That darn Eyja. Fjallajokull, that is. It seems the volcano has managed to drive away one of Iceland's most promising sources of income: tourists. Scared away by images of exhausted passengers sleeping in overcrowded airports while volcanic ash clouds effectively grounded European airlines for days, prospective travelers to Iceland have canceled their plans in droves.
According to the Icelandic Tourist Board, tourist arrivals to the country dropped by 22% in April. If the trend continues, the number of foreign travelers to Iceland could decline by more than 100,000 in 2010.
The Icelandic tourism authorities have switched into crisis mode and earlier this month jumpstarted a campaign to introduce the positive wonders of Iceland to the world with a website, www.inspiredbyiceland.com, which has several hi-def live webcam feeds of Iceland and stories from celebrities and tourists about the country.
It's coming to get you: Drivers escape the smoke and ash rising up from the Eyjafjallajokull volcano. AFP/Getty Images
It is too early to say whether the effort will produce results, but truth be told, there probably has never been a better time to visit the country than now, for a few different reasons.
The exchange rate is quite favorable; the dollar is worth about 130 ISK compared to 50 or 60 ISK just a couple of years ago, and while that doesn't exactly make things cheap, it certainly puts prices in the range of quite manageable.
The weather has been absolutely wonderful this summer, sunny with temperatures ranging from warm to toasty to positively hot! In fact, a number of times I've found myself driving in downtown Reykjavik with the air-conditioning -- a commodity I've never before thought of using while driving in Iceland -- on full blast.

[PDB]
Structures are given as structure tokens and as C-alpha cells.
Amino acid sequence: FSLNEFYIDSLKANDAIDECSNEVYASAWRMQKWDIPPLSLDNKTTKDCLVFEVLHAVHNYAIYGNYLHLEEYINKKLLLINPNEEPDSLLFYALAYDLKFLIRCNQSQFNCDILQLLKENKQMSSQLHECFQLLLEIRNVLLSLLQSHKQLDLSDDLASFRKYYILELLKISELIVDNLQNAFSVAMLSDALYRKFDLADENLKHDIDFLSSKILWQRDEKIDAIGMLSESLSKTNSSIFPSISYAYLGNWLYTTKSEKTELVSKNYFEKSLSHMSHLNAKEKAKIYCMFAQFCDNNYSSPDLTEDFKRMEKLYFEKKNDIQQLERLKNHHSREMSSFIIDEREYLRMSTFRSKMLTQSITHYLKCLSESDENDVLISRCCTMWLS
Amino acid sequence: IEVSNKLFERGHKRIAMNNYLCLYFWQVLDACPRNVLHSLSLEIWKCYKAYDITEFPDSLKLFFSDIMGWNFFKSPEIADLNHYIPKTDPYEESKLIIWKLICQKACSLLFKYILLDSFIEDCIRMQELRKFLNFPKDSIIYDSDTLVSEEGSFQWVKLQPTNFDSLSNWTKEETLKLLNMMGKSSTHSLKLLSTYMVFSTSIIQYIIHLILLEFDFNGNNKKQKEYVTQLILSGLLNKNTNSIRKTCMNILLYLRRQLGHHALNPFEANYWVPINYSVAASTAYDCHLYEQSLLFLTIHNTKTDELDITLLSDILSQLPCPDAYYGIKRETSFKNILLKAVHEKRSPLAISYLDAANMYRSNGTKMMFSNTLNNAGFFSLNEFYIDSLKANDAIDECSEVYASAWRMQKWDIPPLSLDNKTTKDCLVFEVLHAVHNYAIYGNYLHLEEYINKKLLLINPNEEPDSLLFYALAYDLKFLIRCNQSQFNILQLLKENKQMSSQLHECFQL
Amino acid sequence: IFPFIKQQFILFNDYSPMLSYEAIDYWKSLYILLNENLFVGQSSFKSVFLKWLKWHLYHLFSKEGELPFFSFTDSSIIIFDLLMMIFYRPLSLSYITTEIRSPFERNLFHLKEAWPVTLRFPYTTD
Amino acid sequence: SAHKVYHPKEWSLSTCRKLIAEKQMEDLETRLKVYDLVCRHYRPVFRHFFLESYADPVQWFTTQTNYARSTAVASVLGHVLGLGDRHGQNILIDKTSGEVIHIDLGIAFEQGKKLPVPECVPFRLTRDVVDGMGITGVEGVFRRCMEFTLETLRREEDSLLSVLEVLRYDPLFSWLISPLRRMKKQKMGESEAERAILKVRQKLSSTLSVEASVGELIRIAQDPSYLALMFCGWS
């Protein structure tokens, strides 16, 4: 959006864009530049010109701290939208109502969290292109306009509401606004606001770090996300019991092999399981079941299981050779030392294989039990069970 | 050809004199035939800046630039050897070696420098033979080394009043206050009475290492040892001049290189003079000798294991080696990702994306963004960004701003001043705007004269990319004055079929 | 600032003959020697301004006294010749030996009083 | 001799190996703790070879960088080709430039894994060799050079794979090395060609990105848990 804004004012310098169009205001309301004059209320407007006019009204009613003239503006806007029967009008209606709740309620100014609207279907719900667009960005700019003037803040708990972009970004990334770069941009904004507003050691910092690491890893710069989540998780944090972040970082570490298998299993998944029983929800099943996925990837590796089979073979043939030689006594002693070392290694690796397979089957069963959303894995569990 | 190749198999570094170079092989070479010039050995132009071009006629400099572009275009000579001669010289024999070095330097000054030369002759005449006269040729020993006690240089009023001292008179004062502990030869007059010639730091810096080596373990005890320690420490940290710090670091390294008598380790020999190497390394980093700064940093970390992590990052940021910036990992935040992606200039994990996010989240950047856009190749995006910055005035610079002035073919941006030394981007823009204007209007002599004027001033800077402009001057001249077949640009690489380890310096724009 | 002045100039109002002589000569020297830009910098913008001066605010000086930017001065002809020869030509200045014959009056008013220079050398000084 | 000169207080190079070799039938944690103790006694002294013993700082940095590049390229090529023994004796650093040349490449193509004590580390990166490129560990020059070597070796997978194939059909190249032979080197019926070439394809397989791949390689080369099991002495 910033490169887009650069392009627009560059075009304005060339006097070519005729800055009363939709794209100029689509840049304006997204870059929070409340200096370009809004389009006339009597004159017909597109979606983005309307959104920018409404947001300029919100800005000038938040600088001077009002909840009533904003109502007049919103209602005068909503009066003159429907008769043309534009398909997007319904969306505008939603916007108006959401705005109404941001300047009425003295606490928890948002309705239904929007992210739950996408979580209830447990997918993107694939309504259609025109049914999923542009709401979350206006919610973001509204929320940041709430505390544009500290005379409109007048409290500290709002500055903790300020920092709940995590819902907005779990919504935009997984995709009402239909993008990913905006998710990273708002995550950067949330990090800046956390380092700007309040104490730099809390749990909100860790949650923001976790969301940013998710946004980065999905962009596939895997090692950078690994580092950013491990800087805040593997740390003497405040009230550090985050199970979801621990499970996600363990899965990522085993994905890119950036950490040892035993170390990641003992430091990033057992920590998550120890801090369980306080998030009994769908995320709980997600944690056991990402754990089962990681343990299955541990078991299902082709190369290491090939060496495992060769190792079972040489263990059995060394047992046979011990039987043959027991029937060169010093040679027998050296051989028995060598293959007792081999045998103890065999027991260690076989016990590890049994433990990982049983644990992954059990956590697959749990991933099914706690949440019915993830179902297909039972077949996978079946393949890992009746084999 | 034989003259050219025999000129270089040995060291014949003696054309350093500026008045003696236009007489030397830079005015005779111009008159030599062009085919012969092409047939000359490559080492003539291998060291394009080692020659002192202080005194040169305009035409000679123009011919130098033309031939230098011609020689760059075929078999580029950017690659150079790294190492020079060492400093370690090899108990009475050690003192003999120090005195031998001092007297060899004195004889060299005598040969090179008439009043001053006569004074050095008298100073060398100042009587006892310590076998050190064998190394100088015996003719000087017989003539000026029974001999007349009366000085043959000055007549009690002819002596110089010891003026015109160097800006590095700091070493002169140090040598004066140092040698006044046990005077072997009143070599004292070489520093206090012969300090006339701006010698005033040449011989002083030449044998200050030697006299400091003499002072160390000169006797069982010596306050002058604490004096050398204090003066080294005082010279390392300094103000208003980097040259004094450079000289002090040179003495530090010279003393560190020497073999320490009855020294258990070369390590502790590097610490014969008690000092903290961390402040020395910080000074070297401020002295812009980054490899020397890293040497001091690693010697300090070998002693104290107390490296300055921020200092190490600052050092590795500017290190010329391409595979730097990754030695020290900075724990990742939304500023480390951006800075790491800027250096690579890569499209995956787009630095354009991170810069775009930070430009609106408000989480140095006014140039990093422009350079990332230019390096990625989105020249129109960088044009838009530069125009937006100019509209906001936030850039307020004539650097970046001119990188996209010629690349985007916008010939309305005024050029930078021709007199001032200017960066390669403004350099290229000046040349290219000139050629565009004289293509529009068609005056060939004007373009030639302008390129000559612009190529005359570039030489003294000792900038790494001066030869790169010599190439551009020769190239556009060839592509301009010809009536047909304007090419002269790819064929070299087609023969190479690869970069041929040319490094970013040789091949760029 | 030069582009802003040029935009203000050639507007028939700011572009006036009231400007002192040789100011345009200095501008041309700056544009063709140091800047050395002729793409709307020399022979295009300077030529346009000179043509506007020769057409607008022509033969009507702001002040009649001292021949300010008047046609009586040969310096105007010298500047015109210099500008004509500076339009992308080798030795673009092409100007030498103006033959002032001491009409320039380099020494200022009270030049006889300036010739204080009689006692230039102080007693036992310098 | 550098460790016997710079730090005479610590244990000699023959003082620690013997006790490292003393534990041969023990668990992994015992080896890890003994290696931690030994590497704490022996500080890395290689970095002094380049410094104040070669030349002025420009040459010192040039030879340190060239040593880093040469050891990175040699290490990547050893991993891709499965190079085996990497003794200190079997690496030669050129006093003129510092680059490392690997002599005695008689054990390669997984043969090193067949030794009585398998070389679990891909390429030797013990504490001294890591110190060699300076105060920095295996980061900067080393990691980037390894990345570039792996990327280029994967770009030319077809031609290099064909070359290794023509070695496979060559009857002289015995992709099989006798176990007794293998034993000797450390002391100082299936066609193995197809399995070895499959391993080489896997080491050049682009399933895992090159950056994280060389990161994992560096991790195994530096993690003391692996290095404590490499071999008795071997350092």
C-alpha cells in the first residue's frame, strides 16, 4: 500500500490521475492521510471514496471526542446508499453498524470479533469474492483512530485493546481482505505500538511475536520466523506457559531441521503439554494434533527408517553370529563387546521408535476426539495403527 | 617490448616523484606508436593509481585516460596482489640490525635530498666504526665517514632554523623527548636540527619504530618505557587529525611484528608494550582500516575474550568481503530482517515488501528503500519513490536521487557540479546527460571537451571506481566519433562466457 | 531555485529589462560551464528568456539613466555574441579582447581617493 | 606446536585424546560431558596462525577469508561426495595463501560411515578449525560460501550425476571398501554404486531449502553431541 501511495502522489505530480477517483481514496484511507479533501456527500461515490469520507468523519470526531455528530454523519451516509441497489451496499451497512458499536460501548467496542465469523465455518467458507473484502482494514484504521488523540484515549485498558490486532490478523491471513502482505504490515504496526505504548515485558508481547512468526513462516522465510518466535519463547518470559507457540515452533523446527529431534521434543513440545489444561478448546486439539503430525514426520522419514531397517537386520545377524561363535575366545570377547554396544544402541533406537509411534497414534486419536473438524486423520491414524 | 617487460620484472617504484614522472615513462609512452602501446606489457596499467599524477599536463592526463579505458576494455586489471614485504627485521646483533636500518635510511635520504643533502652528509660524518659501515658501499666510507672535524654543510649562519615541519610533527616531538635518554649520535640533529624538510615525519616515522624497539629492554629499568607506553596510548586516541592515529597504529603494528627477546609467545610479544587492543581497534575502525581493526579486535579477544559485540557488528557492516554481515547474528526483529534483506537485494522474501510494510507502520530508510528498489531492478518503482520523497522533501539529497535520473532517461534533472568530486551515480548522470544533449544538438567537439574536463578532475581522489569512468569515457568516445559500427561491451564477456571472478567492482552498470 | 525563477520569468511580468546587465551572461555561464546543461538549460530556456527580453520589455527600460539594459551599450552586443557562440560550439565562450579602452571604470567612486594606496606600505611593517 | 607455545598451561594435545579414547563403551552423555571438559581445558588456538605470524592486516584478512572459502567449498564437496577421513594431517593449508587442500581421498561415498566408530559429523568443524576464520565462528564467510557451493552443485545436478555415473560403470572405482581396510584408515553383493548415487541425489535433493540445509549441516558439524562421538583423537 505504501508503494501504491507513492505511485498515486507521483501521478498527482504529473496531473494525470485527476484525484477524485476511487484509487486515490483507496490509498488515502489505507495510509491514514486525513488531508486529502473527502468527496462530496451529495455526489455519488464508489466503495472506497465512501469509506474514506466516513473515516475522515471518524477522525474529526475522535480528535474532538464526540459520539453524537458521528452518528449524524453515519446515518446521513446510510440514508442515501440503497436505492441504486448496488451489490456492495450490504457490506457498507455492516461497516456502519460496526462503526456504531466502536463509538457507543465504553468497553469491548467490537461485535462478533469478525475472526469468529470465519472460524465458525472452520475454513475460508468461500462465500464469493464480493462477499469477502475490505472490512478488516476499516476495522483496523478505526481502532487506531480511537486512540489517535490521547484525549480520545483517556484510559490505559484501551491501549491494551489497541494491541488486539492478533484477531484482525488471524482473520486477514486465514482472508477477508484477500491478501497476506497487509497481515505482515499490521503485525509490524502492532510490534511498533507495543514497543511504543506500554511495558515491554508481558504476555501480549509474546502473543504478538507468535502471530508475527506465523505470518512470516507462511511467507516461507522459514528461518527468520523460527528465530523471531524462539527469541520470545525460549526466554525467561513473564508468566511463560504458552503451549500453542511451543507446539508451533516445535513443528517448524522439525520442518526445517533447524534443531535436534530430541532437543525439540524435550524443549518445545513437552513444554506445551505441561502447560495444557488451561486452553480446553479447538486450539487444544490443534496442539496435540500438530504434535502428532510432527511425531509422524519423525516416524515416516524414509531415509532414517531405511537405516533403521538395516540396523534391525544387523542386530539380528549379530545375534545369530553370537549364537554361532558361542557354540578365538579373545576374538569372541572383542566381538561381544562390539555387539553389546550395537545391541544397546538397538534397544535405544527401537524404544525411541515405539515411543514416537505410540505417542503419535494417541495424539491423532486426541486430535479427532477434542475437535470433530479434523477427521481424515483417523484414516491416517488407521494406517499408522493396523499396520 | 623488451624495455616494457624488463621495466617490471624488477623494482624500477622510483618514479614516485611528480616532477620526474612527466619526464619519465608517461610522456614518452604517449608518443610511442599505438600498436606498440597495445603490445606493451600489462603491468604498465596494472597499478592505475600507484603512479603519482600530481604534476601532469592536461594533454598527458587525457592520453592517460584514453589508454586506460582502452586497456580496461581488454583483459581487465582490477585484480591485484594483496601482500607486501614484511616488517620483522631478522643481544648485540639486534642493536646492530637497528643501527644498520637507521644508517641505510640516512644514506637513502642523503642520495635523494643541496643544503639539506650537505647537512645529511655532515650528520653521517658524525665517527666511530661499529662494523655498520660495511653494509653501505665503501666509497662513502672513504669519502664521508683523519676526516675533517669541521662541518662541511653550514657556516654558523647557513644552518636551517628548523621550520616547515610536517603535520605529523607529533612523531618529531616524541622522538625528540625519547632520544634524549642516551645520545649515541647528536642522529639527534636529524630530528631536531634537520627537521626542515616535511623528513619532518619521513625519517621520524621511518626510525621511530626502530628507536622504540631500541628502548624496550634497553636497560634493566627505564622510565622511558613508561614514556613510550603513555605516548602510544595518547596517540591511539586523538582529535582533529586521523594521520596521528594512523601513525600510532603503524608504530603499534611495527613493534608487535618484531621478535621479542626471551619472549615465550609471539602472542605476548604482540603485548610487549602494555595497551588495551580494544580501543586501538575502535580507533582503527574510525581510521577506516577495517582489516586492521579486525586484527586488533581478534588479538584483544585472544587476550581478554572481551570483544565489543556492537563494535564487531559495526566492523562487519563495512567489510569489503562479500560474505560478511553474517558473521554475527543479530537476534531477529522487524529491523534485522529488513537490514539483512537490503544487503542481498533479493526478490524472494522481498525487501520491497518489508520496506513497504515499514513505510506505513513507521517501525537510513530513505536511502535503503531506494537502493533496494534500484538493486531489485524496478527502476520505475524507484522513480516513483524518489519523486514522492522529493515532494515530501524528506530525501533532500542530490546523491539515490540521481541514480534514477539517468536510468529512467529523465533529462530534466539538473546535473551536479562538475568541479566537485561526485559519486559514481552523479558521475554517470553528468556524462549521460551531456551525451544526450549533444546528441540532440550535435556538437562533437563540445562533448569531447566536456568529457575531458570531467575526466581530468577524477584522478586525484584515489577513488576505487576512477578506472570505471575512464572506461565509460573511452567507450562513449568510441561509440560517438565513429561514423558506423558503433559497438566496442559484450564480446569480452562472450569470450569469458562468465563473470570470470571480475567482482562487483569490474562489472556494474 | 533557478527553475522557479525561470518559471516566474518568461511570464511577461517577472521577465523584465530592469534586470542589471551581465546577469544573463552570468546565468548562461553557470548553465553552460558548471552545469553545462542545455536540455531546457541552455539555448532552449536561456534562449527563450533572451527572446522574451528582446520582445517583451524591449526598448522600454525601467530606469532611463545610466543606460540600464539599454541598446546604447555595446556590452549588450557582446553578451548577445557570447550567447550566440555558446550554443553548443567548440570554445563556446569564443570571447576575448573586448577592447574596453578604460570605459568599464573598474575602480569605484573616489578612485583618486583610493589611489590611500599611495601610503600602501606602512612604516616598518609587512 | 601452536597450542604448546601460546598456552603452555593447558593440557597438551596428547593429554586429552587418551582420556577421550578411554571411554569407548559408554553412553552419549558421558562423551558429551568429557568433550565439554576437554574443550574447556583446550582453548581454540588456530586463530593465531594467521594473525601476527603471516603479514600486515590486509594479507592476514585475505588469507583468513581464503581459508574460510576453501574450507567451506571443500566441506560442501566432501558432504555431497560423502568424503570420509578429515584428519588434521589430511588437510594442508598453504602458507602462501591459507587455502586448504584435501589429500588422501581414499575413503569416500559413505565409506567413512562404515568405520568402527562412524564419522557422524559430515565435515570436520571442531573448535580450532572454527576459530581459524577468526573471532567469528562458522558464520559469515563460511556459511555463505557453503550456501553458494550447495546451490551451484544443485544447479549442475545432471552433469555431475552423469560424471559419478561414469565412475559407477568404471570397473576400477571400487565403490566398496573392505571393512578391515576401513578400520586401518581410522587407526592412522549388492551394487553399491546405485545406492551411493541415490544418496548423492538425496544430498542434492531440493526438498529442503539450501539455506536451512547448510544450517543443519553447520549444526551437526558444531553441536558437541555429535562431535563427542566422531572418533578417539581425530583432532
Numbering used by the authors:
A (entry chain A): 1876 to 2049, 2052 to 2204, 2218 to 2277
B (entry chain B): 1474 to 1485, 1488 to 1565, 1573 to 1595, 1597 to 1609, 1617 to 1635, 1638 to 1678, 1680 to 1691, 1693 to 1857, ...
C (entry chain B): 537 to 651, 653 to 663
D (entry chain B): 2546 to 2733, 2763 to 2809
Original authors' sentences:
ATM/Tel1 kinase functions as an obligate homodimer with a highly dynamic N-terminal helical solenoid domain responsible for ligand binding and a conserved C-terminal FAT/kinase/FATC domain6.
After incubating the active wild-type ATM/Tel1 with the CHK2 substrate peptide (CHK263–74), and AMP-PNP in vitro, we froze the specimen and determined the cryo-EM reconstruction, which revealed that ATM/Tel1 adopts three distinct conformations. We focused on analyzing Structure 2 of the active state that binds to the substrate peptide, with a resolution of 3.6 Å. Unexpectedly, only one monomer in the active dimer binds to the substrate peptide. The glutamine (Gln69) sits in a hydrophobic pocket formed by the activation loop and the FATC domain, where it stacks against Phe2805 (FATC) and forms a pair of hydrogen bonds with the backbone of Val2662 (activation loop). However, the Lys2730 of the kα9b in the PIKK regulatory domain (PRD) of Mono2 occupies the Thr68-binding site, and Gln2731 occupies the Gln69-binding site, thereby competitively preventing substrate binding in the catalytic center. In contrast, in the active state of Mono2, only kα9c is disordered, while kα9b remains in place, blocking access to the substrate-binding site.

Then there is the nation's mood, which seems to have changed, and surprisingly, for the better. Awful as the economic collapse and the ensuing kreppa has been, it sometimes seemed that the national disposition was characterized by a certain arrogance back when Icelanders thought their bankers were the omniscient superlords of the universe. But the realization that Iceland is simply a nation among nations, not some ideal uberstate with a lesson to teach the rest of the world, seems to have manifested itself in a humbler, happier, and a more pleasant people. (Yes, we are furious, but our rage is reserved for the band of thieves, liars, and cheats in our political and financial classes.)
And then the classic reasons to visit Iceland -- the truly wild outdoors. The country's awe-inspiring nature in its raw force and breath-taking beauty; the fishing in the country's pristine rivers, and the midnight sun's rose-hued nights...
But I believe the world has yet to discover an important part of Iceland's allure -- its food. In fact, Icelanders themselves seem to have only recently begun to realize that their traditional foods -- lamb and fish -- and food traditions might be something of great value.
Ever since I was editor-in-chief -- twenty years ago -- of what was then the country's only food magazine, I've been wildly enthusiastic about promoting these gastronomic delicacies, and of course cooking them for my American friends, whose reaction upon tasting a roasted rack of Icelandic lamb or a paper thin slice of the smoked salmon is invariably like that of the late William Garry, the very talented and wise editor of Bon Appetit magazine: "Vow! Where did you get that?"
After our bankers' jaw-dropping stupidity and arrogance and Eyja's awe-inspiring fire-and brimstone show, now that's the kind of "vow" we could really use.